Gas might be expensive, but biogas comes with its own hidden cost in methane emissions


Compared to fossil fuels including natural gas, biogas — which is made from waste — is a cleaner, greener alternative.

The International Energy Agency estimates that biogas (and biomethane) could meet up to 20 per cent of the world’s gas requirements during the transition away from fossil fuels, and help us get closer to net zero.

But a new study, published in the journal One Earth, claims emissions from biogas could be higher than we’ve been estimating, and there is significant work to be done to get its emissions down.

The researchers looked at data from European biogas producers.

They found the rate (not the total volume) of emissions along the biogas supply chain — from production through to supply — was comparable and generally higher than for natural gas, according to lead author Semra Bakkaloglu from the Imperial College London.

“The level of emissions was higher than we thought it would be,” Dr Bakkaloglu said.

“At present, our results indicate [biogas emissions] are high — higher even than natural gas, which is clearly a worry.”

It’s important to point out here that even with high emissions along the supply chain, biogas is still the greener alternative to natural gas.

That’s because biogas is created out of waste that would have otherwise released emissions as it decomposed naturally.

However, that’s not to say that biogas is always climate neutral.

To create biogas, you start with a feedstock, which might be, for instance, cattle manure or food scraps.

That’s broken down anaerobically by microorganisms. They create mostly methane and some carbon dioxide as by-products, which are captured as gas — but some of it escapes into the atmosphere.

Compared to carbon dioxide, which is released during aerobic digestion, methane is a much more potent, albeit shorter-lived, greenhouse gas, according to Peter Ashman, a professor of chemical engineering at the University of Adelaide, who wasn’t involved with the research.

“What they’re highlighting here is important because if you take CO2 from the atmosphere and you emit it back into the atmosphere as methane, that methane has a much higher potency as a greenhouse gas than CO2,” Professor Ashman said.

Unlike biogas, the International Energy Agency has warned there can be no new coal, oil, or natural gas developments if the world is to reach net zero by 2050.

The researchers argue that if we’re going to use it as a transition fuel, we need to know biogas emissions for nations to accurately gauge their greenhouse gas footprints.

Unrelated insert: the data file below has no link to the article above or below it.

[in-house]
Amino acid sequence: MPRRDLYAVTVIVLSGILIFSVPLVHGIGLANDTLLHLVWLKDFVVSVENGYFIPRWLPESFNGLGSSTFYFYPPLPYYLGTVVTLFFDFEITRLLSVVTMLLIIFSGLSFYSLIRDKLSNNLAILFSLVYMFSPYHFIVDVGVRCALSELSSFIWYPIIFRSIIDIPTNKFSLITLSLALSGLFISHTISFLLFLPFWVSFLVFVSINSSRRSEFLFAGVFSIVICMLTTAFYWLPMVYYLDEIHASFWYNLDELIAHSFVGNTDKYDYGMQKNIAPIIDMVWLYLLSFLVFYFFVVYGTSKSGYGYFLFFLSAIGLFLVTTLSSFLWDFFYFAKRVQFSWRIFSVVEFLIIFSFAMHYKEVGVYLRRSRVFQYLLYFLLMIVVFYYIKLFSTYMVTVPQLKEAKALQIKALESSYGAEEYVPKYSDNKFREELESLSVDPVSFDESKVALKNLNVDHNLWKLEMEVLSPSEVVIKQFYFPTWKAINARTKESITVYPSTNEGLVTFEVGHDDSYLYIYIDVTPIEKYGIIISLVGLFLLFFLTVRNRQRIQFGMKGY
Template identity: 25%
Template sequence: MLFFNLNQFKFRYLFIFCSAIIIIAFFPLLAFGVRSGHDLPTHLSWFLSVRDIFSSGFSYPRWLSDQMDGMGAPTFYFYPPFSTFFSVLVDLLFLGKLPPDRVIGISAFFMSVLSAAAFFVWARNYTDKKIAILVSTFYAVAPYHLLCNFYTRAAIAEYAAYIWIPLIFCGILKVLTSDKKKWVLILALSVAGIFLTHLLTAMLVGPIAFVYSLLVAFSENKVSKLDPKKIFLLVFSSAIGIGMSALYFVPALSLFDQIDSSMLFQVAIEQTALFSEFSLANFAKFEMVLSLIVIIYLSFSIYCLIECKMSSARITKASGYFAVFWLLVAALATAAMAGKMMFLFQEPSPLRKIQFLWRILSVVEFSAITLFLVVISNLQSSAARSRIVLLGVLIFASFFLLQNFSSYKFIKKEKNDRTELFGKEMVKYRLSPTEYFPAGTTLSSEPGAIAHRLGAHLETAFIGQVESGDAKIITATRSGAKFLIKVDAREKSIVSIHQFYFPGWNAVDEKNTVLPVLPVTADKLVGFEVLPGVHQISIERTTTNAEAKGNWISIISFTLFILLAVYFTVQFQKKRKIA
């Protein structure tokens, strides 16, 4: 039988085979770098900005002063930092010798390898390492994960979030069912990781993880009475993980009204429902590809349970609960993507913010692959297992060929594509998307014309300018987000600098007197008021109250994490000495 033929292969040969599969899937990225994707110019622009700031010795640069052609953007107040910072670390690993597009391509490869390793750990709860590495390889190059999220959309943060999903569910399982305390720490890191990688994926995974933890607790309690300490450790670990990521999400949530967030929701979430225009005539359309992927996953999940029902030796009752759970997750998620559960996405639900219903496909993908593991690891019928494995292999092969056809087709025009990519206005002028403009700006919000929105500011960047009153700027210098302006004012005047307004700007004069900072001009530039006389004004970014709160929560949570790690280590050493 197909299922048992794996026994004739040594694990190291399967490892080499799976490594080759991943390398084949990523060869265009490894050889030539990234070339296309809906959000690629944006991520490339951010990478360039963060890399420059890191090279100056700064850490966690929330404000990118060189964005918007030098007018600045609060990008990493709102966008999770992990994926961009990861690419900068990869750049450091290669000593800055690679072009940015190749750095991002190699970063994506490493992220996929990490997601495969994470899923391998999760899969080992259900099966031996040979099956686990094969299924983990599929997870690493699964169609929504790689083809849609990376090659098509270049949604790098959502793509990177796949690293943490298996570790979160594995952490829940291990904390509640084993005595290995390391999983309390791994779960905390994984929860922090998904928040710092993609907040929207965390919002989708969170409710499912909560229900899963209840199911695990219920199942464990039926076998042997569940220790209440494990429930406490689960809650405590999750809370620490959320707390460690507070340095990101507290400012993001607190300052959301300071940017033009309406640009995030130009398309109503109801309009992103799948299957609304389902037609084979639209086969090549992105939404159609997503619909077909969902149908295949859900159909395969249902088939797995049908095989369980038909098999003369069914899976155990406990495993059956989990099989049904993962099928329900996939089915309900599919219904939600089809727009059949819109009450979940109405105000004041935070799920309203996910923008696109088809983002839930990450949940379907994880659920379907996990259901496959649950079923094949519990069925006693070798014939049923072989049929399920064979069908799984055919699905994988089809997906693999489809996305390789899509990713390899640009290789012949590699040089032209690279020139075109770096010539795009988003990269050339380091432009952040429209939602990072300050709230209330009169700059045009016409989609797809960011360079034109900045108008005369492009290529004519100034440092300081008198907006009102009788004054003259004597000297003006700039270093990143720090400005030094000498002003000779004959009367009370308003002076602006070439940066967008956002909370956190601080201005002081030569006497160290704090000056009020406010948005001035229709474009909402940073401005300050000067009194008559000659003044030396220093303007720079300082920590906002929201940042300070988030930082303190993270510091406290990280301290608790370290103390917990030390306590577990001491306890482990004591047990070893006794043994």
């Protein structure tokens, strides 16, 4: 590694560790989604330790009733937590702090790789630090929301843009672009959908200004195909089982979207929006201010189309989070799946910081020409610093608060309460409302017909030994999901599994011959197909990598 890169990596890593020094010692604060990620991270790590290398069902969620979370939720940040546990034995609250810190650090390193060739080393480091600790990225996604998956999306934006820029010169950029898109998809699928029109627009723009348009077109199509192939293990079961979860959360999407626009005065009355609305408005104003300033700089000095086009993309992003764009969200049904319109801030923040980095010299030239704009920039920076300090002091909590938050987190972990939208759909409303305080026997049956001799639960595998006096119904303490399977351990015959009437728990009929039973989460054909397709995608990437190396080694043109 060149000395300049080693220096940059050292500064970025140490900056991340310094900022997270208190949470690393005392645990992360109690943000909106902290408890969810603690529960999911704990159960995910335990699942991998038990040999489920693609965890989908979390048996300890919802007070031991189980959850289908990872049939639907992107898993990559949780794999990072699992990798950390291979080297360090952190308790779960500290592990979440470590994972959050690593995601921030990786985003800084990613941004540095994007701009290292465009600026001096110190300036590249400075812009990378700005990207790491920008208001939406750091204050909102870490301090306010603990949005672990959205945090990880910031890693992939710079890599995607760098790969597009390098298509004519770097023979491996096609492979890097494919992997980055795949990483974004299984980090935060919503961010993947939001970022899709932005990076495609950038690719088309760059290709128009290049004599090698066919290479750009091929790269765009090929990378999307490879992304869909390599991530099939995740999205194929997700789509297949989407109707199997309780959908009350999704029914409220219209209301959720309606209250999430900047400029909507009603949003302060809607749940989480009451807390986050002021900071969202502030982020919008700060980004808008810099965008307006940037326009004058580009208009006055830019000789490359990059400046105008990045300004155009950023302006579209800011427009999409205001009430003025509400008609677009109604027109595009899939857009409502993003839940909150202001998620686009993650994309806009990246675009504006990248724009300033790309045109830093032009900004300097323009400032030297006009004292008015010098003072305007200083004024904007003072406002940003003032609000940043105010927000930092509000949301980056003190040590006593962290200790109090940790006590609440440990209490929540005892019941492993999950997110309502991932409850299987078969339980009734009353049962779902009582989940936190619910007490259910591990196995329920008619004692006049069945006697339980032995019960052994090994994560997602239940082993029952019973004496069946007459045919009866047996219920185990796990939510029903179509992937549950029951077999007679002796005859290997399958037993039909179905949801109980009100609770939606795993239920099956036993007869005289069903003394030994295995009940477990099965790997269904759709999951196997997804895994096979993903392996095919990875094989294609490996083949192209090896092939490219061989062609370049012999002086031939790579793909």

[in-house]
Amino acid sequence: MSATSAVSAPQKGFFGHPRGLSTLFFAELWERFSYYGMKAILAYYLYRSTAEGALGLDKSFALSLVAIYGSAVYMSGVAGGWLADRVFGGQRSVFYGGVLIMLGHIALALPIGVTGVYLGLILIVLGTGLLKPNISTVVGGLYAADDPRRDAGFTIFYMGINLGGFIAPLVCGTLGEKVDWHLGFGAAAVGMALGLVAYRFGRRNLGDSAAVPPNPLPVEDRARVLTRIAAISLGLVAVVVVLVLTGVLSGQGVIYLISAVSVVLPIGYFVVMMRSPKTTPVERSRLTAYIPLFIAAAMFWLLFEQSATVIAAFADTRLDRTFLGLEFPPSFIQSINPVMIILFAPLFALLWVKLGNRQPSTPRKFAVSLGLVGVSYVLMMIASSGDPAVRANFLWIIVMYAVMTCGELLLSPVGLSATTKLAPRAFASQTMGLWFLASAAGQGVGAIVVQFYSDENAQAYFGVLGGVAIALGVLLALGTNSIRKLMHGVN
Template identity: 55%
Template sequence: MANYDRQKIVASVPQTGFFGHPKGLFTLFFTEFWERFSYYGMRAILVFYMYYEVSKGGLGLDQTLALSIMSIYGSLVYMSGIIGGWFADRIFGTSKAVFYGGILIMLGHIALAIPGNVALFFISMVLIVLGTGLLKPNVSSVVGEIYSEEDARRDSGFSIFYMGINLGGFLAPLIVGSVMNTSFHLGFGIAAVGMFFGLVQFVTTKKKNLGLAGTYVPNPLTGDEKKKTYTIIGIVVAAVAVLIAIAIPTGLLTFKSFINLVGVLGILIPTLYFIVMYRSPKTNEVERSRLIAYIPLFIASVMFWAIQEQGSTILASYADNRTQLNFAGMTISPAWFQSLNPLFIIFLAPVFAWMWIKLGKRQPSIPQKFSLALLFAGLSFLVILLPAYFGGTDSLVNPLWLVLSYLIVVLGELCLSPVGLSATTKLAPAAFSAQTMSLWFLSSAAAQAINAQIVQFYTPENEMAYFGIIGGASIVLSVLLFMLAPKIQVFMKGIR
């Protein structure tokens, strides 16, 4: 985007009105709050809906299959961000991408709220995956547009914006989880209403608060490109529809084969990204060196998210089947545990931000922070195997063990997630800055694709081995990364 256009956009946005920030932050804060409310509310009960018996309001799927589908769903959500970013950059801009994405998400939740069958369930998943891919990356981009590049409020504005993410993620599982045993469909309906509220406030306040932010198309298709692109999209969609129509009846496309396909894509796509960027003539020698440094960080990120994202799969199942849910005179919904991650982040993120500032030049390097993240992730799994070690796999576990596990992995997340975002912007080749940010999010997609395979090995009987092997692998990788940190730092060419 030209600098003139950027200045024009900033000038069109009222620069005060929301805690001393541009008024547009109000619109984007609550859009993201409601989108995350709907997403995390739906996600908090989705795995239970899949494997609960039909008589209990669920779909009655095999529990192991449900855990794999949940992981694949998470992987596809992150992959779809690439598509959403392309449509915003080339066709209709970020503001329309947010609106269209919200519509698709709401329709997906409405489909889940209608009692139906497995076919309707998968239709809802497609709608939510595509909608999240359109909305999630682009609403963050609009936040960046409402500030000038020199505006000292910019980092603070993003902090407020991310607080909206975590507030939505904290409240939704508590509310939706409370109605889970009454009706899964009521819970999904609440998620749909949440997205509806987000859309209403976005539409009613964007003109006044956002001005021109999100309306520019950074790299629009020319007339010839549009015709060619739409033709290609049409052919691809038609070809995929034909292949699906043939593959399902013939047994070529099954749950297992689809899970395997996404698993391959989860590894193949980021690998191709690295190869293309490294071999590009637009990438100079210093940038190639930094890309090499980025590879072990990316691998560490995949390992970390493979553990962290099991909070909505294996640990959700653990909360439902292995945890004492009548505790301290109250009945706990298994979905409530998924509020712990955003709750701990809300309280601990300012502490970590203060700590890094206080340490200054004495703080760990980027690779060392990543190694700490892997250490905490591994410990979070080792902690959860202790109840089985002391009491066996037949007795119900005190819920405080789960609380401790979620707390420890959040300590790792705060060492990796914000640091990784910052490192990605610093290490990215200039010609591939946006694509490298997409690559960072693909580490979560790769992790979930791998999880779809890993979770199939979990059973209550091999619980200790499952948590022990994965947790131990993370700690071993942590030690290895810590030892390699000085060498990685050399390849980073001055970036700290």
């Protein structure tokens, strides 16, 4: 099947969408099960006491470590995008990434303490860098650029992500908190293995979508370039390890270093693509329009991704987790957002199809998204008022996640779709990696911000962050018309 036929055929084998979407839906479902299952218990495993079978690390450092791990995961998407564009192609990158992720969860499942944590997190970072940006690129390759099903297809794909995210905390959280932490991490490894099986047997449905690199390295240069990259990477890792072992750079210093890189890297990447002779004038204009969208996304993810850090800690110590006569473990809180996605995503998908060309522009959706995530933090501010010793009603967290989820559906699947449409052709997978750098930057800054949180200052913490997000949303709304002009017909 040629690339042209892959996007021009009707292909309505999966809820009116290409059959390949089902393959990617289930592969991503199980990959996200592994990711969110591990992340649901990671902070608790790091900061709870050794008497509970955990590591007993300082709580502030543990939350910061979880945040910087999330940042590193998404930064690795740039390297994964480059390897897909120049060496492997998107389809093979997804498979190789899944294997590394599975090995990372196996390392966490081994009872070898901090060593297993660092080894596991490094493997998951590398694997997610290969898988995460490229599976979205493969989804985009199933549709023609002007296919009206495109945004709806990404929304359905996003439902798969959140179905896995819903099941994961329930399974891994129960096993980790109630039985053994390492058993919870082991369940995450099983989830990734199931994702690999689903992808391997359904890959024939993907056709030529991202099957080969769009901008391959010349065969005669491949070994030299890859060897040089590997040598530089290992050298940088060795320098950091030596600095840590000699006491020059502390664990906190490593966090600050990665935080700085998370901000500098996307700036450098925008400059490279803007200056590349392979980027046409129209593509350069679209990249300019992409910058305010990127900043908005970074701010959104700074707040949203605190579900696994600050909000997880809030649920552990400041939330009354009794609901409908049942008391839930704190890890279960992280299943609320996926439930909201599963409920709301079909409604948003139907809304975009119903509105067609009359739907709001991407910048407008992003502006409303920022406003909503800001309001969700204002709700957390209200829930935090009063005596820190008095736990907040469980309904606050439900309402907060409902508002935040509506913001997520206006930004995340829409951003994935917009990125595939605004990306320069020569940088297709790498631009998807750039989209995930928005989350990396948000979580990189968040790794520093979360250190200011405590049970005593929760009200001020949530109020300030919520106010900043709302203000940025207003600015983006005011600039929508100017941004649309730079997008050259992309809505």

“If biomethane is to be used to achieve decarbonisation goals in future, biomethane supply chain emissions must be minimised,” Dr Bakkaloglu said.

“We believe that with the proper design, detection, measurement, and repair techniques, much of the observed emissions can be avoided.”

‘Super emitters’ in the crosshairs

Once the gas is captured during the production of biogas, what’s left of the feedstock at the end is what’s known as digestate.

According to the research, the greatest source of emissions along the biogas supply chain was at the digestate storage stage.

The researchers found that methane emissions from digestate were up to 23 per cent higher than had been previously reported.

The next highest source of emissions was found to be during the biogas production stage, mostly from the anaerobic digester.

Professor Ashman said he wasn’t shocked that supply-chain emissions might be higher from European biogas producers, as they lacked the scale and financial backing of most natural gas operators.

“That doesn’t surprise me,” he said.

“Some of these operations are pretty agricultural and they probably don’t put much effort into capturing those emissions.”

The researchers said there was a silver lining to their work.

First of all, they found there were “super emitters” — a few operations responsible for the vast majority of escaping methane.

In this case, just 5 per cent of biogas producers were responsible for more than 60 per cent of all methane emitted.

Dr Bakkaloglu said it was a similar case for the fossil fuel gas industry.

“Biomethane and biogas supply chains exhibit similar emissions characteristics to oil and natural gas, with super emitters present at all stages,” she said.

“In natural gas supply chains, about 50 per cent of emissions are down to only about 5 per cent of sources.”

For biogas, what that means is that targeting those few worst offenders can put a big dent in the overall greenhouse-gas footprint of the industry.

And there are some fairly straightforward steps to plugging leaks in the supply chain.

“We do not want to discourage the production and use of biomethane,” Dr Bakkaloglu said.

“Rather, we want to highlight those emissions and encourage people to take immediate action to tackle them.

“Biomethane is an important renewable source, but it has the potential to be even better.”

ABC News, 20 June 2022